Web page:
06. Microbiome in COPD: Pitfalls and Progress

Sanjay Sethi.
University of Buffalo, Buffalo, USA.


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Microbiome in COPD: Pitfalls and Progress


Sanjat Sethi.
University of Buffalo, Buffalo, USA.

Microbiome studies of respiratory secretions have provided exciting new observations regarding the bacterial causation of exacerbations of COPD, and the impact of treatment of the exacerbation on the airway microbiome.  Bacterial exacerbations likely represent abrupt major changes in the microbiome with resultant large increases in airway and systemic inflammation.  Microbiome studies could lead to discovery of new pathogens that have been difficult to obtain with standard culture techniques.

The Vicious Circle Hypothesis embodies the likely contribution of an altered microbiome to COPD progression, with an unhealthy microbiome driving the inflammatory process in stable COPD. While studies with conventional microbiology found potential pathogenic bacteria to be virtually absent in bronchoscopic samples in healthy controls, smoking and development of COPD was associated with 35–50% incidence of isolation of pathogenic bacteria.  In contrast, recent microbiome studies have found no or minor differences from controls in smokers and COPD. These contradictory findings could be explained by the extreme sensitivity of the microbiome technique to upper airway contamination.

Several challenges need to be tackled to fully utilize the benefits of microbiome research in COPD. Paramount is the issue of upper airway and environmental contamination of lower airway samples. Significant concentration thresholds in microbiome data need to be defined.  The microbiome differs in sputum, bronchoalveolar lavage and lung parenchyma samples obtained from patients with COPD.  Determination as to which of the various new microbes that will be identified in microbiome studies are pathogenic is still unclear, especially for unculturable pathogens. Though various obstacles need to be surmounted, ultimately lung microbiome studies will provide new insights in to how infection contributes to COPD.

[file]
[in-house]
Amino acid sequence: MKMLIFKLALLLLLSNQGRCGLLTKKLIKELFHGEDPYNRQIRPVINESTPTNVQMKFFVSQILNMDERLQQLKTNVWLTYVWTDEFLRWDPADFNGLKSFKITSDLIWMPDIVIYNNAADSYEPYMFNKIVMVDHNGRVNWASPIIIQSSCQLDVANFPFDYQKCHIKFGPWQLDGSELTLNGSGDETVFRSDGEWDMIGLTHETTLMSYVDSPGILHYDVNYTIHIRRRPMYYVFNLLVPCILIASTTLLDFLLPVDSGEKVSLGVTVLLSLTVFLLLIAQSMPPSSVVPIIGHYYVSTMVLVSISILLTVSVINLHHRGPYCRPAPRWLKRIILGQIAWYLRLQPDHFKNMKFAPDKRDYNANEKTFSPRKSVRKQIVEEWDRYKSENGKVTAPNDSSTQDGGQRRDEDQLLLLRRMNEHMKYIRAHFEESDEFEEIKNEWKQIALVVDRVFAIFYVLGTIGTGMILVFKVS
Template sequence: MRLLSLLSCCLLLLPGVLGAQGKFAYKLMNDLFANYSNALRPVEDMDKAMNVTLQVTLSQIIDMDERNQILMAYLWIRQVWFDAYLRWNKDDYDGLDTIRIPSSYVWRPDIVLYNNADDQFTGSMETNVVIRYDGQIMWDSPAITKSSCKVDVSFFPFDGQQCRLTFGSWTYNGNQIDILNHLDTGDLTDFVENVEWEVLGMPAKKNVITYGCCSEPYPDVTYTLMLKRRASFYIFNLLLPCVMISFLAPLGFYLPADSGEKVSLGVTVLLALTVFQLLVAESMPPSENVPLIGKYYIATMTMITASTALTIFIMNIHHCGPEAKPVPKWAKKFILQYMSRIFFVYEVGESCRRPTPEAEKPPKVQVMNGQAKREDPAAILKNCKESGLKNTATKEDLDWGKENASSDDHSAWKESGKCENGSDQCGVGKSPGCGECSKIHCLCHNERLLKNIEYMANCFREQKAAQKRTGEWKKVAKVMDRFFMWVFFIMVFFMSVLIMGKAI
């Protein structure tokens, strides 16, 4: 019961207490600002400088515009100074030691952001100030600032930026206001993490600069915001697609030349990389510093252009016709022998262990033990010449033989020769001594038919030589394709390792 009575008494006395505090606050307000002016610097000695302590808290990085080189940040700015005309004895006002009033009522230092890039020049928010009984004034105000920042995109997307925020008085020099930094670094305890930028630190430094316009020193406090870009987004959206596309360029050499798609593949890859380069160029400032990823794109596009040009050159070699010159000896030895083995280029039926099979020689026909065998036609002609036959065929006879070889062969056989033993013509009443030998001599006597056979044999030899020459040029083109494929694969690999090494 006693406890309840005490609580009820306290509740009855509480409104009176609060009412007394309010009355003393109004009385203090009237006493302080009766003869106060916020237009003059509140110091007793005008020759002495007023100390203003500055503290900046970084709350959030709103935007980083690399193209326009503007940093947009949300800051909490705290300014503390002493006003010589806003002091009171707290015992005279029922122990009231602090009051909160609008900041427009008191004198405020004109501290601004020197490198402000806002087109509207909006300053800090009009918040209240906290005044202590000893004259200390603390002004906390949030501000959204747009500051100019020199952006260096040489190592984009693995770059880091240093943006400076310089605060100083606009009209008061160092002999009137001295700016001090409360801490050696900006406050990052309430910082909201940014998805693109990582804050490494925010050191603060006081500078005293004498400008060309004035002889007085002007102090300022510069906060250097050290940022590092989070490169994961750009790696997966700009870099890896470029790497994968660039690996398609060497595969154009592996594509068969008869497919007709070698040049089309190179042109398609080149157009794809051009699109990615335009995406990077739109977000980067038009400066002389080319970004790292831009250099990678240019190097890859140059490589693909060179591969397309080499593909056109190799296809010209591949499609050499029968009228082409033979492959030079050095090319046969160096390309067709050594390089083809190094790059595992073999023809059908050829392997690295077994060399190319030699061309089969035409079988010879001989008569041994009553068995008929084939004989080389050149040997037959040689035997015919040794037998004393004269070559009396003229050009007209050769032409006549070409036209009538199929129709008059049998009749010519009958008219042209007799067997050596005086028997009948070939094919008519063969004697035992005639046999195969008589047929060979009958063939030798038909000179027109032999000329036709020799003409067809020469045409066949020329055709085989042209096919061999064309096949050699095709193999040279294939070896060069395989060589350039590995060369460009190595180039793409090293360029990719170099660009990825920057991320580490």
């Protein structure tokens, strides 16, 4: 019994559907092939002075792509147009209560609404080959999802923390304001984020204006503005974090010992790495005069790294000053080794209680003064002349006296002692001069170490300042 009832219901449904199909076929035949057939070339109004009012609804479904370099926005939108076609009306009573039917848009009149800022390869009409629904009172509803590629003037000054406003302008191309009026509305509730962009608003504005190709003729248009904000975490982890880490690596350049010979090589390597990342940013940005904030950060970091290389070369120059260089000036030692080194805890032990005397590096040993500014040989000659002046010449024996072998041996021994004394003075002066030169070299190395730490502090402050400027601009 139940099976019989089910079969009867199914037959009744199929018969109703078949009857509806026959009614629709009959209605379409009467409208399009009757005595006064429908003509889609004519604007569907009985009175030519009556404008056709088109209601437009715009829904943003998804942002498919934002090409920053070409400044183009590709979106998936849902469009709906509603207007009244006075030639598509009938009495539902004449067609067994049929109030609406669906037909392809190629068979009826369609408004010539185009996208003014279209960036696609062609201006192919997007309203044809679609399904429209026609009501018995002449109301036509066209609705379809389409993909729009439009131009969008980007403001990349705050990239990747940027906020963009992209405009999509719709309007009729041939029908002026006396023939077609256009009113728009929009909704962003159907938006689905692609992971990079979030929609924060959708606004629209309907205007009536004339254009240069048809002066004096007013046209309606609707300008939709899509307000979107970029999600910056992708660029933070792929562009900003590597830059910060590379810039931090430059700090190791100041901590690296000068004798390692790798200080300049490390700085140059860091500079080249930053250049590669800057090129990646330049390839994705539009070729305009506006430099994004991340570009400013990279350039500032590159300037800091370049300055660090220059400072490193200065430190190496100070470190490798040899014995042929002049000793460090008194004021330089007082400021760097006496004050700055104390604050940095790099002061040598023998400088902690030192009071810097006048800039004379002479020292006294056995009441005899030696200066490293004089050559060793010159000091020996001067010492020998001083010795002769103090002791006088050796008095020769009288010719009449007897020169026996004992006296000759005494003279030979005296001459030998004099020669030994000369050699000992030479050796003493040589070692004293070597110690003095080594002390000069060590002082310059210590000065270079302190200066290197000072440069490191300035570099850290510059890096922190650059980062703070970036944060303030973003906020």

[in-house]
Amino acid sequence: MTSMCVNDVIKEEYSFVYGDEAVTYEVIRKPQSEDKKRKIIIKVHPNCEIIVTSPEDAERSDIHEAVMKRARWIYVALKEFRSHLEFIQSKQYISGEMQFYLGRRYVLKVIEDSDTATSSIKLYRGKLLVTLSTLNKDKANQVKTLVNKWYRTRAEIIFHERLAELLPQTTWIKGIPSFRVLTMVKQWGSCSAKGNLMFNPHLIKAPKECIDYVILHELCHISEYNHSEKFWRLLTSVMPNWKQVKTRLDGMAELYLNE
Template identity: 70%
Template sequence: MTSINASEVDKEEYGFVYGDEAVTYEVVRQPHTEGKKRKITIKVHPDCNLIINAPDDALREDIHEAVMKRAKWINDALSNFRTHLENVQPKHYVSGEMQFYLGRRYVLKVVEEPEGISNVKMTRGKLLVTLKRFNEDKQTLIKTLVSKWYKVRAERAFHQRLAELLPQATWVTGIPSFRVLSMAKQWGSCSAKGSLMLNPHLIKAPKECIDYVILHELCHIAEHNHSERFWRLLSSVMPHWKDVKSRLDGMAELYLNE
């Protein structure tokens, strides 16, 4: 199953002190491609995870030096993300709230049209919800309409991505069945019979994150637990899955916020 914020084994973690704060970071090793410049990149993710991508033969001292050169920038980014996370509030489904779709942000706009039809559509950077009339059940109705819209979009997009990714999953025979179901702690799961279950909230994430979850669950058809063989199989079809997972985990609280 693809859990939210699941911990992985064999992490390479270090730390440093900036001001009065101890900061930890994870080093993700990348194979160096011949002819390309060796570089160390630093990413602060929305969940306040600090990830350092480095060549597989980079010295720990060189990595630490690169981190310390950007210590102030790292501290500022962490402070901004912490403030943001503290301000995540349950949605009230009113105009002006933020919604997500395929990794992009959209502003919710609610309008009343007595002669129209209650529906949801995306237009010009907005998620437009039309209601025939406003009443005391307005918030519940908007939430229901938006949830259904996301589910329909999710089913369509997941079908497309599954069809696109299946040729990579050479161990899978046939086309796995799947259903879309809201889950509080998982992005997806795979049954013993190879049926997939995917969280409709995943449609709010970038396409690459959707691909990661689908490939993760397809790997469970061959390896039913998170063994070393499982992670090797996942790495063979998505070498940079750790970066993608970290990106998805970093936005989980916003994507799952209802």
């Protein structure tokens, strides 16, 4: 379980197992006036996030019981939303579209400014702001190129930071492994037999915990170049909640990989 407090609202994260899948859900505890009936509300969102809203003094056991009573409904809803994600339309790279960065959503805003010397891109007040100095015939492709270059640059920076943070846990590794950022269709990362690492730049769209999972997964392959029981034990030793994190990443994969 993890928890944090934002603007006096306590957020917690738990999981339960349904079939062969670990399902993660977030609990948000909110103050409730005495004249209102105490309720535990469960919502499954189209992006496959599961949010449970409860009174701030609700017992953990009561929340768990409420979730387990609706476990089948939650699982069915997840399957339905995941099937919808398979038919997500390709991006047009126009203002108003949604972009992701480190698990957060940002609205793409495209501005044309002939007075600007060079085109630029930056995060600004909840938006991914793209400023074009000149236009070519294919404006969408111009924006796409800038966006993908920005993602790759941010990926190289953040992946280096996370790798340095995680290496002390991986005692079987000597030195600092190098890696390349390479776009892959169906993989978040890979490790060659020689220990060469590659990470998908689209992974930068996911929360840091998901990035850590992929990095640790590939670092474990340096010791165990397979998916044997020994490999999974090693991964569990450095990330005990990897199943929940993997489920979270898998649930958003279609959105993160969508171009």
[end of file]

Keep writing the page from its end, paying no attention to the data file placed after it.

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Sanjay Sethi. Professor in the Department of Medicine at the University of Buffalo at the State University of New York (SUNY) in Buffalo, NY. He is Chief of the Division of Pulmonary/Critical Care/Sleep Medicine, Assistant Vice President for Health Sciences and Director of the Clinical Research office at the University at Buffalo.  Dr Sethi’s main research interests include chronic obstructive pulmonary disease (COPD) and respiratory infections, focused on the specific areas of exacerbations, new therapeutics and innate lung defense in COPD. Dr Sethi has co-authored more than a 180 research articles, reviews and book chapters in many peer-reviewed medical journals.  He is a member of the editorial board for several pulmonary journals.. He was a member of the lung cellular, molecular, and immunobiology study section of the National Institutes of Health (NIH) and the Pulmonary study section of the VA, and is an ad hoc reviewer for several North American and European research funding agencies. Dr. Sethi is currently active in several professional organizations including the American Thoracic Society where he has chaired the Clinical Problems program committee, and is chair for the Clinical Problems Assembly.


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